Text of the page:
To compare and contrast, it is important to evaluate the information from your sources.  From the Writing Center:

EVALUATE React to the topic or problem in a logical way, applying theories or
principles learned in the course. If available, use other reliable
sources as well as your own reaction to support your statements.
Include reasons for your opinions and how and why you formed
your evaluation.

In researching the first view from the Bible verse, it would be helpful to research other verses and scholarly works about why Mary is considered blessed because of her relationship with Jesus.

In researching the second view of "the Holy Mother Mary satisfying Jesus", here is some information on Professor Porco from campusreform.org:

The University of North Carolina-Wilmington has hired an English literature professor whose pornographic poetry verse include fantasies of sexual relations with freshmen female students, an education watchdog (John William Pope Center) reported this week. (MEW note: for more poems by Porco and discussion on the professor's writings, access this link)

Professor Alessandro Porco, who was just hired by the UNC-Wilmington, has authored a number of explicit pornographic poems.

In Prof. Alessandro Porco’s poem “Hot Girl-Girl Action University” the fictional university president Jill Kelly offers a welcome to the freshman class.

“Who would say No to a gang-bang?
Who would say No to Prof. Poon-Tang?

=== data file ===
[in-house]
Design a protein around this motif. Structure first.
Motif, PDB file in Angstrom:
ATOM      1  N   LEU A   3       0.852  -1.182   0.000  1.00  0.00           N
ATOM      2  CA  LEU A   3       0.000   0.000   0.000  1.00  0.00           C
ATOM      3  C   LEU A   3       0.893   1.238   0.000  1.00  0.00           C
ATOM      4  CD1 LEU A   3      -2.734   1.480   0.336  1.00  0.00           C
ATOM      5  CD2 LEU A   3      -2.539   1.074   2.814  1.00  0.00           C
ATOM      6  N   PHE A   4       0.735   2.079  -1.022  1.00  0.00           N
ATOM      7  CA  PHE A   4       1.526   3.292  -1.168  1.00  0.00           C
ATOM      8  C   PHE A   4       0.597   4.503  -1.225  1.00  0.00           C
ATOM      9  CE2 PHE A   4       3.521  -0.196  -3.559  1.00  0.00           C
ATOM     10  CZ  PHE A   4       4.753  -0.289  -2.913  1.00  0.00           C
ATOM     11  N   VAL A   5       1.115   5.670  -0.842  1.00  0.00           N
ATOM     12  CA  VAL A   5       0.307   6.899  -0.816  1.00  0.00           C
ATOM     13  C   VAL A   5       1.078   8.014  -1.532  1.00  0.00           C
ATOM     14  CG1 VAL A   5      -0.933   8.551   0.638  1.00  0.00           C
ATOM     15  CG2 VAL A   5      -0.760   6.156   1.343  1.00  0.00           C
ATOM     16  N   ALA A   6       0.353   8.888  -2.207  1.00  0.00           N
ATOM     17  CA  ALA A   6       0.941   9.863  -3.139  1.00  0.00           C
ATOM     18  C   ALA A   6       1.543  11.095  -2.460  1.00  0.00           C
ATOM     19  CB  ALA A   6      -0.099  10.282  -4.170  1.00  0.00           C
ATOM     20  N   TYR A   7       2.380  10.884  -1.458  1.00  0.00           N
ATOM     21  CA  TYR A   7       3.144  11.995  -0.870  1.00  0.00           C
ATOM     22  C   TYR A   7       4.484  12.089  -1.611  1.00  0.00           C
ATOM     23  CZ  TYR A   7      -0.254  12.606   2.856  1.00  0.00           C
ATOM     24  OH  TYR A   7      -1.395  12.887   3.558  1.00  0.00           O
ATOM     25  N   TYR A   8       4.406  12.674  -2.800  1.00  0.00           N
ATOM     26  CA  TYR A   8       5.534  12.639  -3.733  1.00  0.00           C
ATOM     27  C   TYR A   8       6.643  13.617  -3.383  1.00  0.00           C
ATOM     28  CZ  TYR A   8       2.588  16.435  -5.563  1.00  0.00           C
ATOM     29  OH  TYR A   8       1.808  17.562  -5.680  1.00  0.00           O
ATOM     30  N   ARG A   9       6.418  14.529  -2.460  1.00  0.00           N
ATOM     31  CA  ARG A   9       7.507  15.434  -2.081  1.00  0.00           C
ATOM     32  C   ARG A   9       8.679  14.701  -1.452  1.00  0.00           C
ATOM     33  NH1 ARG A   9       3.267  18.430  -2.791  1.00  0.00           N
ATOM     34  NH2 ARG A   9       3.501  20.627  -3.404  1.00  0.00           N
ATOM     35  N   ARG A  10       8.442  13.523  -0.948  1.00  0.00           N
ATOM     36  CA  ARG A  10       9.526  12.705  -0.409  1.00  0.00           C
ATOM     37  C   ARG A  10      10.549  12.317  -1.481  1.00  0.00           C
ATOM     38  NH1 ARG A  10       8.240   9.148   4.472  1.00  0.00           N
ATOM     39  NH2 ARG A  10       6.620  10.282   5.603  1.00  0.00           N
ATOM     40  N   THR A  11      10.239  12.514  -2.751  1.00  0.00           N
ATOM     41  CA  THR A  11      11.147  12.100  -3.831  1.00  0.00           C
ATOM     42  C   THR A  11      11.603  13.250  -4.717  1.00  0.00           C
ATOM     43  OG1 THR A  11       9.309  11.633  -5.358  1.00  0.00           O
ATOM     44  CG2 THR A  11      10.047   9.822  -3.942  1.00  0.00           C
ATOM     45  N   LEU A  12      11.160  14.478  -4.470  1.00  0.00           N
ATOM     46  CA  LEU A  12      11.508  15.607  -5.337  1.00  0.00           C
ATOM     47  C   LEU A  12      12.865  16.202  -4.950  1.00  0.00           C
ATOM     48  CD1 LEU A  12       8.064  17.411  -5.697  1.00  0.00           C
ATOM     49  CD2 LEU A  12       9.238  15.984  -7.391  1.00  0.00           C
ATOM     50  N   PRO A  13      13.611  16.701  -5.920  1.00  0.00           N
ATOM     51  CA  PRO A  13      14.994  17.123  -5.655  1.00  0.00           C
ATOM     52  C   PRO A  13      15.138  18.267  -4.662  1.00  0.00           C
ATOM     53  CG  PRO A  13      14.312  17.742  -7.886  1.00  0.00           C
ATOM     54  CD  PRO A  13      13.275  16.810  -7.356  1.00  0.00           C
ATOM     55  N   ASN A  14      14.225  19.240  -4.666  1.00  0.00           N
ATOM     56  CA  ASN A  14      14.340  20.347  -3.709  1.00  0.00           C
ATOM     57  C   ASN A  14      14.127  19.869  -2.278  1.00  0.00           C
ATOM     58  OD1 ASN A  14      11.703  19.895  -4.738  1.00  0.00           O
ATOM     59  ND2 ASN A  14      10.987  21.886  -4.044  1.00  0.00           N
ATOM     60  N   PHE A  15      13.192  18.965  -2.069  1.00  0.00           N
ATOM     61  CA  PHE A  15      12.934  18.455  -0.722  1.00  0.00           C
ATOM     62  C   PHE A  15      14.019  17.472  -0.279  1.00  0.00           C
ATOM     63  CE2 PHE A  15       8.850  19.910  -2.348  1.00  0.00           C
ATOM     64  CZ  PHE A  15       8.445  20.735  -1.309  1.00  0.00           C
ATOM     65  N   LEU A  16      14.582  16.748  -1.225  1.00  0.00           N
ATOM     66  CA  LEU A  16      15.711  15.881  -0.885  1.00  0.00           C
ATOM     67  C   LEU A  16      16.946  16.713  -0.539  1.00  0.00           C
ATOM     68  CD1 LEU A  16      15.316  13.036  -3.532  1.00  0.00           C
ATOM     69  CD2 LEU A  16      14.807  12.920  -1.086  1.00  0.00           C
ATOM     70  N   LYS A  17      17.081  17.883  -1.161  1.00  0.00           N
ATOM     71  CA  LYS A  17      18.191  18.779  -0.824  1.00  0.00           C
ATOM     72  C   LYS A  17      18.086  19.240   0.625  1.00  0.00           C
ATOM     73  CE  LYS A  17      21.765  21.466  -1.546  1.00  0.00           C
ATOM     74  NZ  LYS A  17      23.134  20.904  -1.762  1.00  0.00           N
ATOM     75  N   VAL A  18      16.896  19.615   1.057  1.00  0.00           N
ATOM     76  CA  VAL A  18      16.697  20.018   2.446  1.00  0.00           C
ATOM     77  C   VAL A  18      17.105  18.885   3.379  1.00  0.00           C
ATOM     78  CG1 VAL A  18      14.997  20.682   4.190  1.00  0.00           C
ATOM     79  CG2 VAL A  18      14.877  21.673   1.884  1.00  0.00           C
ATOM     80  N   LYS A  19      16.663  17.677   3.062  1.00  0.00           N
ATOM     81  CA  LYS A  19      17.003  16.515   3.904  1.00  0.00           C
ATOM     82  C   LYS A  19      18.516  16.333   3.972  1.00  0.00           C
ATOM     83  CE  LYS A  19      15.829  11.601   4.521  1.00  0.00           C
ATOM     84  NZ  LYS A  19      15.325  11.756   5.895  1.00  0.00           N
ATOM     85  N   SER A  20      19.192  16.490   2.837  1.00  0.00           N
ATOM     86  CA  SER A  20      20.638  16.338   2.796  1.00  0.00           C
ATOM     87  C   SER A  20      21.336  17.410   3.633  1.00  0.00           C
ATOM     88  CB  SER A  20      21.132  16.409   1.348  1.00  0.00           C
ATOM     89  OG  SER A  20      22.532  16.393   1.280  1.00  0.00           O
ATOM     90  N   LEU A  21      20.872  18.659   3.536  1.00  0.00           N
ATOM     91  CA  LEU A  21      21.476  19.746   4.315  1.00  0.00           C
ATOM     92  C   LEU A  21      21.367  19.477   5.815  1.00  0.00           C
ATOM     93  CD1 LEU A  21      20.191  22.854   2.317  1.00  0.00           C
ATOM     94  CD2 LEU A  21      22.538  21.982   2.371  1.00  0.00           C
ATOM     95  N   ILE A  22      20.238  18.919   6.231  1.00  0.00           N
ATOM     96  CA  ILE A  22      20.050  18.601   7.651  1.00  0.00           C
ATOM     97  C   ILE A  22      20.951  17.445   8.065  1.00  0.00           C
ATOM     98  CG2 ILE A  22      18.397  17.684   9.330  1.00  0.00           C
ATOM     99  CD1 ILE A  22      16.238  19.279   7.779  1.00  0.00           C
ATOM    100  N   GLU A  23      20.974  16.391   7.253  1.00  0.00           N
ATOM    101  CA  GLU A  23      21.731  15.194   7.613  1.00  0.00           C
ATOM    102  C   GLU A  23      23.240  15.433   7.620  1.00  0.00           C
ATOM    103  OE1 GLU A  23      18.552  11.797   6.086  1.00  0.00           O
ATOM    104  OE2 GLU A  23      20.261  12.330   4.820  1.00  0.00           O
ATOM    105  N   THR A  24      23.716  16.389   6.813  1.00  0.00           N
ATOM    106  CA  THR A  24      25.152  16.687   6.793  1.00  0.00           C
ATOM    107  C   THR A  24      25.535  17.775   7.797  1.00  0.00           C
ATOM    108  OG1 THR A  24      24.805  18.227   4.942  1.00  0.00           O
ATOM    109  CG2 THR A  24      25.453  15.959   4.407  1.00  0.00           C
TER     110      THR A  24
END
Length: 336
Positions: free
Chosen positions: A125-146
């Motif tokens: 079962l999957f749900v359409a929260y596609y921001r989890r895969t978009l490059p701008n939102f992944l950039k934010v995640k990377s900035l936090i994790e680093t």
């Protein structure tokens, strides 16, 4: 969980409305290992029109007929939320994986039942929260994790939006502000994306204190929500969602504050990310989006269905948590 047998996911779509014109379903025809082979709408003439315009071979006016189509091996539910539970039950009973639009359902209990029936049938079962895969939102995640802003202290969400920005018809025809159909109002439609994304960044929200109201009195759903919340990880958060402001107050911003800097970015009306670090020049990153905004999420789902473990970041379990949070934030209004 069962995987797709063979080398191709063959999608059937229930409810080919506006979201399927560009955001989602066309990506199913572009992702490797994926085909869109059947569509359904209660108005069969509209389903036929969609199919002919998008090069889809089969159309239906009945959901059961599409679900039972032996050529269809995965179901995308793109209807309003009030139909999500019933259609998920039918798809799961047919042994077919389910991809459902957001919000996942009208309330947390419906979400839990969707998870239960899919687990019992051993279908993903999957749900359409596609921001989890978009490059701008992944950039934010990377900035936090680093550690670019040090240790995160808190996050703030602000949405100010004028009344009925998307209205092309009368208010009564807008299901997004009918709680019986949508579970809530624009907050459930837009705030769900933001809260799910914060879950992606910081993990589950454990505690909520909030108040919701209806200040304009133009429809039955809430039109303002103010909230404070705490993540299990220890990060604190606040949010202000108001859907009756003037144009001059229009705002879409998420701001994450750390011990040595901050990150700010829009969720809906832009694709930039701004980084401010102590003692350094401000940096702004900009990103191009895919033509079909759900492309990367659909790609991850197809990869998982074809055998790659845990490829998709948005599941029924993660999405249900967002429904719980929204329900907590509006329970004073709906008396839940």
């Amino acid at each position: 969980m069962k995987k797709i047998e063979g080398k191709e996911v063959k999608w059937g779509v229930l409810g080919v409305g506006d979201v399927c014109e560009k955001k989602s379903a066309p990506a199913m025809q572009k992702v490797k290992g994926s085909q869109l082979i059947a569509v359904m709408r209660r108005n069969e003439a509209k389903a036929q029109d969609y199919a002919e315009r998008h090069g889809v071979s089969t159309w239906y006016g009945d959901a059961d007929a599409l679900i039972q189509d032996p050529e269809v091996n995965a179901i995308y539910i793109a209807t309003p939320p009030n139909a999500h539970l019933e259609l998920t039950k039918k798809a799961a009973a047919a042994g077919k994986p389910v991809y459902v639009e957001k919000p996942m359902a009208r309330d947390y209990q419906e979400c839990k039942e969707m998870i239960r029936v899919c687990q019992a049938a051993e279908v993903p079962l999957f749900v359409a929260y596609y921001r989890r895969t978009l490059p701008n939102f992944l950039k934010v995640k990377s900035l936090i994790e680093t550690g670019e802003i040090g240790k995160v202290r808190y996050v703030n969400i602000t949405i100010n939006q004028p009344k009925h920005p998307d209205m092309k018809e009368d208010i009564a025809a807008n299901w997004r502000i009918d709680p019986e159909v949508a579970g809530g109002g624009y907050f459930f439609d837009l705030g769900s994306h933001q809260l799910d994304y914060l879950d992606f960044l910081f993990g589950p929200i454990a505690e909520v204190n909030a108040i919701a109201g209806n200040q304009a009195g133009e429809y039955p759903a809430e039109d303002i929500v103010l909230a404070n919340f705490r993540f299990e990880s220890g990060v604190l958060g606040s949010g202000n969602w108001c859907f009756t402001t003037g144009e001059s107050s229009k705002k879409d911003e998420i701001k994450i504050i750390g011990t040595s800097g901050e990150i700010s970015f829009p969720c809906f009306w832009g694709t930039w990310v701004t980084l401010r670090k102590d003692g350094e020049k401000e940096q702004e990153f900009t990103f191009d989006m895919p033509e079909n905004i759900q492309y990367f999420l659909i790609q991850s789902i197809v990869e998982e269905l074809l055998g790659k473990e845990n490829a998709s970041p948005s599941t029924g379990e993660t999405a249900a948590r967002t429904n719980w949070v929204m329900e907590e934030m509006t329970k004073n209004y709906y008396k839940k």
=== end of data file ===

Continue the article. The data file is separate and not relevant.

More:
Who would say No to my scholarly toungin’?
Thank you fathers for your daughters.”

That poem is part The Jill Kelly Poems, ranked 3,963,932 on Amazon, which chronicles the life of a porn star through poetry.

In another collection, Augustine in Carthage (MEW note: where Mary/Jesus poem appears), Porco included what he describes as the “21 of the filthiest limericks I could think to write.”

Does it seem to you that Professor Porco thinks women are used to satisfy others and themselves regardless of their relationships?  How would you feel about your 17 year old freshman daughter being taught by a man who might just view women as sexual beings used for his pleasure?  Oh, silly me!  It's based on a fictional female university professor so I take that to mean it isn't the professor's true beliefs and young women should welcome a different way of behaving and thinking about themselves, right?

An education watchdog group is not too happy with Porco's hiring at UNCW:

Jay Shalin, of the watchdog group the John William Pope Center for Higher Education Policy pointed out the controversial hiring in an opinion piece earlier this week and argued that parents should be wary of placing their young adults in the classroom with Porco.

“Parents should think twice about placing their impressionable offspring into the hands of Dr. Porco and his UNC-Wilmington colleagues who found him to be an acceptable,” wrote Shalin.